The city's tree preservation ordinance requires that developers preserve a minimum of 25 percent of any climax forest on a site. A climax forest is defined as "a woodland community" of more than 20,000 square feet that is dominated by species, such as oak, hickory, maple and bottomland hardwoods.

Midkiff filed his complaint on Oct. 8, saying Aspen Heights violated the ordinance by failing to set aside the required number of trees.

"It's really sad," Midkiff said. "It used to be a fairly verdant area. Some trees were 50, 60 and 70 years old, and they were mowed down."

In a report to Community Development Director Tim Teddy, however, city officials said the site contained very little climax forest.

"Prior to the land disturbance activities associated with the Aspen Heights development, the tract was not a woodland community but rather a mobile home community with some big trees," the report said.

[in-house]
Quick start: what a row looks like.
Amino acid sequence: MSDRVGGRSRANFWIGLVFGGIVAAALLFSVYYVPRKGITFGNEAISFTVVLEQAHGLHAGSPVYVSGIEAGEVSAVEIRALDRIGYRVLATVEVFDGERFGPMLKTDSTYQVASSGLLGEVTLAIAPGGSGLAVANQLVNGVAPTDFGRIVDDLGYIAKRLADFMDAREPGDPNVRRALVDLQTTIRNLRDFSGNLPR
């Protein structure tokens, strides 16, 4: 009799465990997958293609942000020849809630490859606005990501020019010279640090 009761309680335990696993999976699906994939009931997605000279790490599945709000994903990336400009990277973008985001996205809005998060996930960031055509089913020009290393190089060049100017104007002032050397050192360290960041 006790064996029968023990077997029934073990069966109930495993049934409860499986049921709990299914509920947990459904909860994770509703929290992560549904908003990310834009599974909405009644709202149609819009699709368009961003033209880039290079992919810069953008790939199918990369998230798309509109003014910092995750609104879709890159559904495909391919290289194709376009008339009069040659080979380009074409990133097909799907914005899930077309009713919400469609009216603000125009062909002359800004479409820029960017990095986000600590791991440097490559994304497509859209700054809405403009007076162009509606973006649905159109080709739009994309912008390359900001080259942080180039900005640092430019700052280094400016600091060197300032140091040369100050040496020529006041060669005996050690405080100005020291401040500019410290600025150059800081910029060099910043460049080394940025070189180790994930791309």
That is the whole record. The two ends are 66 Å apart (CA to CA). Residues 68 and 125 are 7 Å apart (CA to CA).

Midkiff said he is unhappy that the developers decided to cut down so many trees. He recalled that Columbia Regency was home to a closed canopy of trees that now is gone.

“I was appalled,” he said. “I remember how it was when it was the Regency Mobile Home Court. There were oak, maple, hickory and other large shade trees, but they were callously cut down by Aspen Heights."

These days, plastic erosion fences separate barren earth from the small amount of vegetation that remains on the fringes of the site. Most of the remaining trees line a small creek near Nifong Boulevard.

Midkiff said he believes 10 acres of trees should have been preserved, but he estimates Aspen Heights set aside less than one acre on the 40-acre plot.

Crockett Engineering Consultants developed the site plan for Aspen Heights. Owner Tim Crockett said the company and the project are in full compliance with the tree preservation ordinance, which includes no provisions for protecting individual trees.